“Turn off my phone?” you might think. “But I can’t! Are you nuts? I’m expecting a call from my mother/father/husband/wife/brother/sister/babysitter/boss/employee/mechanic…”
Obviously, there are times when you are indeed waiting for an important—perhaps life-changing—call. We aren’t suggesting that you turn off your phone during these emergencies.
But, let’s be honest. Do you really need to have your phone on at the dentist’s? At the grocery store? In the movie theater, for Pete’s sake?
Maybe you are thinking, “Yes, I do!” We gently suggest, “Actually, you probably don’t.”
In our technological age, we’ve grown accustomed to being constantly connected to nearly everyone we know. We are easily, instantly accessible ourselves. At this time in our lives, turning off your cell phone might feel like a violation of nature.
Here’s our suggestion. If you absolutely cannot turn off your phone, try turning off the ringer. (And then put your phone out of sight—a cell phone just looks strange on the table next to your dinner plate).
And when are those appropriate times to go phone-free? A good rule of thumb is, “Wherever you are unable to speak on the phone in private.” Think about it. Do you want to hear all the details on someone else’s messy breakup or latest office gossip while trying to use a store restroom or take public transit?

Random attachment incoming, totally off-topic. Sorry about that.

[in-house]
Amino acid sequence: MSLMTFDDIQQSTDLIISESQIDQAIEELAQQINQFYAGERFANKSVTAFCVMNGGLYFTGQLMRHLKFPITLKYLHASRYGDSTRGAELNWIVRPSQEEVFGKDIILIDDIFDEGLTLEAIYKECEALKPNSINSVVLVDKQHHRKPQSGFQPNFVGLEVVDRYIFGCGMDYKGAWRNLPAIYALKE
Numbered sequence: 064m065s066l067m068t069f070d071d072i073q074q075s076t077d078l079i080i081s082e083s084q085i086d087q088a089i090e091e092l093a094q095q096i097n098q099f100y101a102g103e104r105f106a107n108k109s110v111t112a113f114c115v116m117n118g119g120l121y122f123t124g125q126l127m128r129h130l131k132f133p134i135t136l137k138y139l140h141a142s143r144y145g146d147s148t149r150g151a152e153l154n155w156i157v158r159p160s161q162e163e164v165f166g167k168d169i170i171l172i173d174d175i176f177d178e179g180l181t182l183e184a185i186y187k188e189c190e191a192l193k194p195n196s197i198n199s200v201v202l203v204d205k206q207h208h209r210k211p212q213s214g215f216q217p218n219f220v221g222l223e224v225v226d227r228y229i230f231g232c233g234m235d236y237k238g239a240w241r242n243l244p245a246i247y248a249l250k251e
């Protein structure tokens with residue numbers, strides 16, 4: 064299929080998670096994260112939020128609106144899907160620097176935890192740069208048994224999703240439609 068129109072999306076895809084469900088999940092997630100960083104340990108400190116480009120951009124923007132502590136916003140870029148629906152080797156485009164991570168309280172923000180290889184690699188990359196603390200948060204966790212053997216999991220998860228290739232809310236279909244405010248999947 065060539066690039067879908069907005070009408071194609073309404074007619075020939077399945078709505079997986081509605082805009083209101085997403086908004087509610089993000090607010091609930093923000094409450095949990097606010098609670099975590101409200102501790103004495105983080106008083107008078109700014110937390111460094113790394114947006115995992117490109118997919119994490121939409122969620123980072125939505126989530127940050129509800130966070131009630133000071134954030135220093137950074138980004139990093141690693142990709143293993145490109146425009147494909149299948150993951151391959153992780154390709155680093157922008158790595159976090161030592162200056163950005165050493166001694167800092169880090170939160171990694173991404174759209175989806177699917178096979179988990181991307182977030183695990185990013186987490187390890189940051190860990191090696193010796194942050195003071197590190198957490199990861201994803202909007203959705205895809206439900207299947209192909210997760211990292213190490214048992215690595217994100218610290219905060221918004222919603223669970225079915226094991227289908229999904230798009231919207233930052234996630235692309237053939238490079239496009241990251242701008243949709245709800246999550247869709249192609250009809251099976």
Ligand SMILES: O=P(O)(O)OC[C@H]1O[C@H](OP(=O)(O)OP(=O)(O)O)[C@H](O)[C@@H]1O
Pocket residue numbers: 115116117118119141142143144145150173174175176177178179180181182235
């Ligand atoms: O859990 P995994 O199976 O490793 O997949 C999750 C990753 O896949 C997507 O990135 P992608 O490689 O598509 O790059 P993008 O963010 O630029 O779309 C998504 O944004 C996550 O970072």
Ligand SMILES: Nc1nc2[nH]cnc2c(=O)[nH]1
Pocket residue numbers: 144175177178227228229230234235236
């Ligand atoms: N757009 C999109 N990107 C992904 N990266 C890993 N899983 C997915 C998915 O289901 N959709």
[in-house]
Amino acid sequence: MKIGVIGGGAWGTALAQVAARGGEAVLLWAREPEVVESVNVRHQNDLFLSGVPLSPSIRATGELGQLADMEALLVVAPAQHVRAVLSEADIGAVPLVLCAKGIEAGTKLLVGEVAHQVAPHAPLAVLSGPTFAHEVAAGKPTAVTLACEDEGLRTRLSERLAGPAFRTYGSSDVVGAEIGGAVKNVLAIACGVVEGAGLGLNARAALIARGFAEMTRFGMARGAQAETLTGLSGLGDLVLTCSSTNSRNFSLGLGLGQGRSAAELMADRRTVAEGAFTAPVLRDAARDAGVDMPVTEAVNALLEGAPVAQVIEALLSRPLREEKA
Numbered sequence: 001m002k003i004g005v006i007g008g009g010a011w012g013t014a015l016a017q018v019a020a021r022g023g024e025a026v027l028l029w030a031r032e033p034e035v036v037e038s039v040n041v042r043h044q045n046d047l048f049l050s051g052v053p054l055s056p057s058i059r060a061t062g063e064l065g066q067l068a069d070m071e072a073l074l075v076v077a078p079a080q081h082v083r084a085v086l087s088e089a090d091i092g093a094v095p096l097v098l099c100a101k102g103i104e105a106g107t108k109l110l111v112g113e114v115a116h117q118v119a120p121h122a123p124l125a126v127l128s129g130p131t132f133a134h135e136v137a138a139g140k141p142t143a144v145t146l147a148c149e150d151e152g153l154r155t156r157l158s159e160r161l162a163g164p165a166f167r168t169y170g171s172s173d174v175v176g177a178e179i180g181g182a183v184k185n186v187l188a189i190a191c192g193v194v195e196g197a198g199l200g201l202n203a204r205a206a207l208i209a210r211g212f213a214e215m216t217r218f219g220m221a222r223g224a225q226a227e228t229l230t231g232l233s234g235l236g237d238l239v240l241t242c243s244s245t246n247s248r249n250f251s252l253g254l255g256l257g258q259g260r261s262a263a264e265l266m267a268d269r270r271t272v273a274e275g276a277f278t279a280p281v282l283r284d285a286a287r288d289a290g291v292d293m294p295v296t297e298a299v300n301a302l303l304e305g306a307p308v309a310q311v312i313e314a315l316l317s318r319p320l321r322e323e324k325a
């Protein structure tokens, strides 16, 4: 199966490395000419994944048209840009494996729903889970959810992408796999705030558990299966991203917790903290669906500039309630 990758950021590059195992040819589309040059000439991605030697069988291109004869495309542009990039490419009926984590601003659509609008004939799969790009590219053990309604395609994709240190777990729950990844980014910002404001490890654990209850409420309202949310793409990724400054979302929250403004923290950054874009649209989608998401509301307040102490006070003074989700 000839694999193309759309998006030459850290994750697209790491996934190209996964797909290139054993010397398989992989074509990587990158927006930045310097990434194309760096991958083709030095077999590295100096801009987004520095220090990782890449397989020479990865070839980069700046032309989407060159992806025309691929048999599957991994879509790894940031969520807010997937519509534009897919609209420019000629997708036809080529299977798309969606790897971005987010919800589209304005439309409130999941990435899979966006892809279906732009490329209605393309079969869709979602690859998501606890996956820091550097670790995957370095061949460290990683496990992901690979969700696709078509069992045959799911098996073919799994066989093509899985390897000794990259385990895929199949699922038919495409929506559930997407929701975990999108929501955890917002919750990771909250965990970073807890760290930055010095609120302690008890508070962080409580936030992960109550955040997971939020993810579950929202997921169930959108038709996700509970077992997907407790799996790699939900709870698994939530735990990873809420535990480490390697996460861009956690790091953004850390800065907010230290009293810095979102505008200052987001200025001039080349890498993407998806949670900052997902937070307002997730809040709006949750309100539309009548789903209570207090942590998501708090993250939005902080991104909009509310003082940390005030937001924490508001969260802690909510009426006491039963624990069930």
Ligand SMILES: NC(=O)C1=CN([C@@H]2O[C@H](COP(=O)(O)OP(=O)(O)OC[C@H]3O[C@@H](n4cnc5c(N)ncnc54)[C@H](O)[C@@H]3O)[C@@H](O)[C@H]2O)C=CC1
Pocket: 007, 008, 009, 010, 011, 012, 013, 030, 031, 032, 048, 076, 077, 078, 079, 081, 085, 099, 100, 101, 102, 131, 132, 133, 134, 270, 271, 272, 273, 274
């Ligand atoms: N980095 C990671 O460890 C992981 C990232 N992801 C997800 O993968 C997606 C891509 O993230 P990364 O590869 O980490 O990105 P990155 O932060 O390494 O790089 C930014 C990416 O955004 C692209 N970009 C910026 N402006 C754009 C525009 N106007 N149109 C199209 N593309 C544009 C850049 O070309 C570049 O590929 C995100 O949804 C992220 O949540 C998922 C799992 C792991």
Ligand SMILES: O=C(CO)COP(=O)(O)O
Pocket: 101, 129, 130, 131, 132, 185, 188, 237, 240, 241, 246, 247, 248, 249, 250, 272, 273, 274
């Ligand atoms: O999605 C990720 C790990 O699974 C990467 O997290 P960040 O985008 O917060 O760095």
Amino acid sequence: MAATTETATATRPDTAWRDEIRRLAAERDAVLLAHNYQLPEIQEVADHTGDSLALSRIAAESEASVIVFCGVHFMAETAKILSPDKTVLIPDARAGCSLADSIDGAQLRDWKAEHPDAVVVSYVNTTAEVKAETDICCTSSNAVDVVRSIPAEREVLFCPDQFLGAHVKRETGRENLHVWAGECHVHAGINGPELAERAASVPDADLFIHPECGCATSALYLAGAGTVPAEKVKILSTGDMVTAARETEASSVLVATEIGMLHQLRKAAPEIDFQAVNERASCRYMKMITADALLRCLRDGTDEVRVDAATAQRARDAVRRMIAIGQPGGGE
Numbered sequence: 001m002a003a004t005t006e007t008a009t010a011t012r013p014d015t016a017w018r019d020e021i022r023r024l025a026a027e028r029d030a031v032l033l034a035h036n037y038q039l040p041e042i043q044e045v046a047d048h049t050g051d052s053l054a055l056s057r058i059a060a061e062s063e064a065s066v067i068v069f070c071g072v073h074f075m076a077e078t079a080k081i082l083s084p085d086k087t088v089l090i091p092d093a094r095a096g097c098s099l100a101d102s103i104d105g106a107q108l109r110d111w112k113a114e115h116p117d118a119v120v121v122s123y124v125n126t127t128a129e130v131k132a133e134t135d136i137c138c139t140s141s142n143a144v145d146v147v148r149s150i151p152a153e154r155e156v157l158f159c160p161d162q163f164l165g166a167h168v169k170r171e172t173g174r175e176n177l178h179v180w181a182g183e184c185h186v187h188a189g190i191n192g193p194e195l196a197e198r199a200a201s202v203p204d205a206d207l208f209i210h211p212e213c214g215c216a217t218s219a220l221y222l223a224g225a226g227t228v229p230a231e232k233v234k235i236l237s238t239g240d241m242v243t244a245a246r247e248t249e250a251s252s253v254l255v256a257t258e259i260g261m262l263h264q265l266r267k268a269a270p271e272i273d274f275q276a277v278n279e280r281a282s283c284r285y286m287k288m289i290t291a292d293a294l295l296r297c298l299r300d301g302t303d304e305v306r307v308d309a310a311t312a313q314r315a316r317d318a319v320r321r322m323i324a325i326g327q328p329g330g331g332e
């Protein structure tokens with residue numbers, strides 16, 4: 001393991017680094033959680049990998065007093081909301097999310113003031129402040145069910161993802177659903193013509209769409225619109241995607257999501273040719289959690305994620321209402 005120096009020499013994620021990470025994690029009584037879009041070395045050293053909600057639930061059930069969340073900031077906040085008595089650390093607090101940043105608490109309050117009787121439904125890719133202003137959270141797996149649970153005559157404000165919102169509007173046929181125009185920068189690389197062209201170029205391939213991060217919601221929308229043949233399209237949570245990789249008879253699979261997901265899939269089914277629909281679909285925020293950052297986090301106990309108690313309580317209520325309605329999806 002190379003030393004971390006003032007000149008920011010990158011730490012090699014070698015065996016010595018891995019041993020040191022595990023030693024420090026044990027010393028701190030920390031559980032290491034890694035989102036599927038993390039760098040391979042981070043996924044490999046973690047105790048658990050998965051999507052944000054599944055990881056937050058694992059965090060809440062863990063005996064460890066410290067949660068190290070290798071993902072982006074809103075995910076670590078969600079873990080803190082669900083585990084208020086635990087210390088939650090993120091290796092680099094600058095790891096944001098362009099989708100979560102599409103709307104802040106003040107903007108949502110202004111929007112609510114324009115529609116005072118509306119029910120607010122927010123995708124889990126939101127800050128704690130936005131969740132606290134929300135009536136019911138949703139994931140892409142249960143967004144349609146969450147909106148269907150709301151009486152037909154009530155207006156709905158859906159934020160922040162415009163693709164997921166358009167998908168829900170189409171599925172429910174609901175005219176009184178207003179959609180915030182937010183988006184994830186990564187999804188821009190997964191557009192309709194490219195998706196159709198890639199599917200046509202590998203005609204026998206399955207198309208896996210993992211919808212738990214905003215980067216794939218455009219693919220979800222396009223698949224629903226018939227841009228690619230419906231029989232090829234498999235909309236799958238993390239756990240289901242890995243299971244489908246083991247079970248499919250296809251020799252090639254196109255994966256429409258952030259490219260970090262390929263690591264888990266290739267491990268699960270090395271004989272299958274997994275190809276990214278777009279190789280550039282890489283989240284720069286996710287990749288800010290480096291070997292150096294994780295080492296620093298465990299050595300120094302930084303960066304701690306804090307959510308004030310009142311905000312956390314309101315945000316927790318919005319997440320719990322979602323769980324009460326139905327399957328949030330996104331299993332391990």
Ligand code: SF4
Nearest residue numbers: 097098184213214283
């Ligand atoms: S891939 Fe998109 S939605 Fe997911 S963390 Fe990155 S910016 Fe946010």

Let us help you!
When to turn your cell phone off…
In your professional life. Whether you are a full-time student, stay-at-home parent, working your first job or a seasoned professional, turn off your cell phone:
• During class
• While attending work or parent-teacher conferences
• During a job interview
• When on a work deadline
In your family life. Both family milestones and certain everyday moments might require you to unplug. Turn off your cell phone:
• In places of worship
• In hospitals (especially during a birth!)
• During court sessions
• At weddings
• While trying out a complicated new recipe, and later at the dinner table
• At funerals
At special events, social gatherings or classes. Both you and your fellow patrons will enjoy yourselves more if you turn off your cell phone:
• At movie theaters, plays, poetry readings, choral recitals, concerts
• In museums and libraries
• During dance, yoga or aerobics class
While out and about. Focus on your errands and turn off your cell phone:
• At the ATM, in checkout lines, or when approaching anyone in customer service
• In public bathrooms
• In bank and fast food drive-throughs, or at school pickup lines
• While pumping gas or taking public transportation
Where do you turn off your phone?